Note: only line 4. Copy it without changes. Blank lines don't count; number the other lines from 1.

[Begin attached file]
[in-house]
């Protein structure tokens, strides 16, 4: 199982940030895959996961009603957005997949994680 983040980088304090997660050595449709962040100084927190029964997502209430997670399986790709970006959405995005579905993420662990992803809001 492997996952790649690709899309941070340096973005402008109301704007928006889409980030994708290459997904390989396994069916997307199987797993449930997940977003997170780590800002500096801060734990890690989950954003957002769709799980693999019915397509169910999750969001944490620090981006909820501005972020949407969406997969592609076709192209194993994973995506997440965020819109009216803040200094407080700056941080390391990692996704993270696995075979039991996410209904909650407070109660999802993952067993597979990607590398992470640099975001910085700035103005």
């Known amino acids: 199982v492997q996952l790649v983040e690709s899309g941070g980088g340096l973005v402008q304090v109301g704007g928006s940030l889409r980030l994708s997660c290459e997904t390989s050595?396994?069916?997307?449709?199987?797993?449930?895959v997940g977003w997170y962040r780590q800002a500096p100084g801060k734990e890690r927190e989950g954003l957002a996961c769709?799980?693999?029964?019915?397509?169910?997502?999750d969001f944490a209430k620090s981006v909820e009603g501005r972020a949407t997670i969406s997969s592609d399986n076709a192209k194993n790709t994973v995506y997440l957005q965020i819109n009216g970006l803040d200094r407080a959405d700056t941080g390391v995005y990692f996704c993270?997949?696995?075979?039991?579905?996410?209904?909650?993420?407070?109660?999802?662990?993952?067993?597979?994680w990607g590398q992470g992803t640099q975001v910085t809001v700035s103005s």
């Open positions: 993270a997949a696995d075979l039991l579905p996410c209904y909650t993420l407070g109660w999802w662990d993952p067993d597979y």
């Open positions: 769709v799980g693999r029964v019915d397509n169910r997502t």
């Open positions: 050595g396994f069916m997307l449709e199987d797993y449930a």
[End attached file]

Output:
């Open positions: 993270a997949a696995d075979l039991l579905p996410c209904y909650t993420l407070g109660w999802w662990d993952p067993d597979y």